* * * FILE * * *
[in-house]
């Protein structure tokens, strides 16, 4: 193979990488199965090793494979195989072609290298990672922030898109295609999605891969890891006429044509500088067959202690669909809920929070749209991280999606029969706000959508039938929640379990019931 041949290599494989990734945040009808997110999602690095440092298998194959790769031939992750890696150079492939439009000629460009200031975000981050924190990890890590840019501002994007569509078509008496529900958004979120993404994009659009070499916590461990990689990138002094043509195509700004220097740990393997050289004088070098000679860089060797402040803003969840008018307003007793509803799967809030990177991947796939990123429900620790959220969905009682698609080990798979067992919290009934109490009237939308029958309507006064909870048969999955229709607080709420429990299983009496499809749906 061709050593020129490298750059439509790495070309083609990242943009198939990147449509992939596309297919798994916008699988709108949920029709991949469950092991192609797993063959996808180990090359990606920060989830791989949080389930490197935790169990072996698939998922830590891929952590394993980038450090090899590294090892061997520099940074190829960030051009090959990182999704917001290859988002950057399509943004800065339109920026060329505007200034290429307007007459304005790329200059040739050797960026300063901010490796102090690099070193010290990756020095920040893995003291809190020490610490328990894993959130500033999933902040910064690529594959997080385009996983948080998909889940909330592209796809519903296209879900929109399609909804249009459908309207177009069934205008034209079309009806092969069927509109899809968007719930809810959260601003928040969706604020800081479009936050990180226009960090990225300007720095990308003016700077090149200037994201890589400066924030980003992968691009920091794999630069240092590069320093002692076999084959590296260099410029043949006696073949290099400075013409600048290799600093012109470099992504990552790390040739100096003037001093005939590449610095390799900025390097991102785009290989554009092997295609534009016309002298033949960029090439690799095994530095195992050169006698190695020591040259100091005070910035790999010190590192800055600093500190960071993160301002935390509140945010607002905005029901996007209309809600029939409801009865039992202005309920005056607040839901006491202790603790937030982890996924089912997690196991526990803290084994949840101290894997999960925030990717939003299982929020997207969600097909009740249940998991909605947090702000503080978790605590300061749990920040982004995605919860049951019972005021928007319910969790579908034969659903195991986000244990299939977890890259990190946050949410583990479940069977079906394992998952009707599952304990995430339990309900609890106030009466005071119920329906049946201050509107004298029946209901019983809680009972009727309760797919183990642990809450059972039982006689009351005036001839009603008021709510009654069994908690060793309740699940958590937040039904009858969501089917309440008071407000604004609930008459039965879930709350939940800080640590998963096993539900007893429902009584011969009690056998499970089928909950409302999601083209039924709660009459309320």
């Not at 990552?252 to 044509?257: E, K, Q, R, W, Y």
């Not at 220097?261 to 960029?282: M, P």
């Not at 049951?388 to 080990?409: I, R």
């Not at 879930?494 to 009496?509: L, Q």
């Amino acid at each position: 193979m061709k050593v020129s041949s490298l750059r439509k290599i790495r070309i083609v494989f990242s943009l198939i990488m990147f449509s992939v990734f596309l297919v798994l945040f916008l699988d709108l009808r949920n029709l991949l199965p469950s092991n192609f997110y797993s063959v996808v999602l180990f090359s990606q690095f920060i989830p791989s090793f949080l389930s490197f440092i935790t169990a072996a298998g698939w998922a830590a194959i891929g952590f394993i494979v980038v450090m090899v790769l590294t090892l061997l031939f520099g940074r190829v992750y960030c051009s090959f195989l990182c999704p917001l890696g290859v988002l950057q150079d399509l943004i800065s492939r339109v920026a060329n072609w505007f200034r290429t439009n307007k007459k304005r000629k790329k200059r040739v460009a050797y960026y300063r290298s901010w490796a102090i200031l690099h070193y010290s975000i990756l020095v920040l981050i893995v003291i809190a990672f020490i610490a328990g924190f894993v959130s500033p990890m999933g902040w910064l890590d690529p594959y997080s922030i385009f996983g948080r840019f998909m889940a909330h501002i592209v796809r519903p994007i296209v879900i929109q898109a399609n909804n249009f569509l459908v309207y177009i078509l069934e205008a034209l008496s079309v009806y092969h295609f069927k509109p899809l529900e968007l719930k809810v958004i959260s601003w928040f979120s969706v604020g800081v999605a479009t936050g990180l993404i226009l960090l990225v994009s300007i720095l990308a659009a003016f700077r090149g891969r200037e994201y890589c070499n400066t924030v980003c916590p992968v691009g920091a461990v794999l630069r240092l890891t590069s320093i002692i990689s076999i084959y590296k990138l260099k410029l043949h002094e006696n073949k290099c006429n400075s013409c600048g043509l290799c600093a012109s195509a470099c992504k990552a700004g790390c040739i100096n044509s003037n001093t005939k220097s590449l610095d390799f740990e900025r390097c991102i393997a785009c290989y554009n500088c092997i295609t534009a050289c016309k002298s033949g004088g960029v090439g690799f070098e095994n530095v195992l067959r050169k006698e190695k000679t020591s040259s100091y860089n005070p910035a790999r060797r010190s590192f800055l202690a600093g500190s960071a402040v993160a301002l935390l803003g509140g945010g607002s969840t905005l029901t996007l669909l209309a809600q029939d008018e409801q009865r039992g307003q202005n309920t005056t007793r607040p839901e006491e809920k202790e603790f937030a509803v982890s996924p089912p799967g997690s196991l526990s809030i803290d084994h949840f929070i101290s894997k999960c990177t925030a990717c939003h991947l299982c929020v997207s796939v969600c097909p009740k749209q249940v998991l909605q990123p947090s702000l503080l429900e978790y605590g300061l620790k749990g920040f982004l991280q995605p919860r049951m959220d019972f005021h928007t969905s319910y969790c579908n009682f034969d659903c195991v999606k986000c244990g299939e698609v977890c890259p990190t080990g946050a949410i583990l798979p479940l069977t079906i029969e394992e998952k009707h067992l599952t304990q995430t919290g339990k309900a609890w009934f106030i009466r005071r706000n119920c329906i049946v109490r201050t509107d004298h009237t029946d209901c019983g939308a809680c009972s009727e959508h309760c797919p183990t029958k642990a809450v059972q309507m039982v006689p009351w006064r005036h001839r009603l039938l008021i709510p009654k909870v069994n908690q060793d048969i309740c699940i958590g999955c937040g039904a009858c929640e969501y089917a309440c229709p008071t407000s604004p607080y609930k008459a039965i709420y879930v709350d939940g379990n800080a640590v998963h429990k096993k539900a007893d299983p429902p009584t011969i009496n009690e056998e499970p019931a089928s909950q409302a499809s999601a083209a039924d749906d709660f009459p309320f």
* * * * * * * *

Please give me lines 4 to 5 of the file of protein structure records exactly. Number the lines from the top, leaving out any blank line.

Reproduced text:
């Not at 220097?261 to 960029?282: M, P």
């Not at 049951?388 to 080990?409: I, R």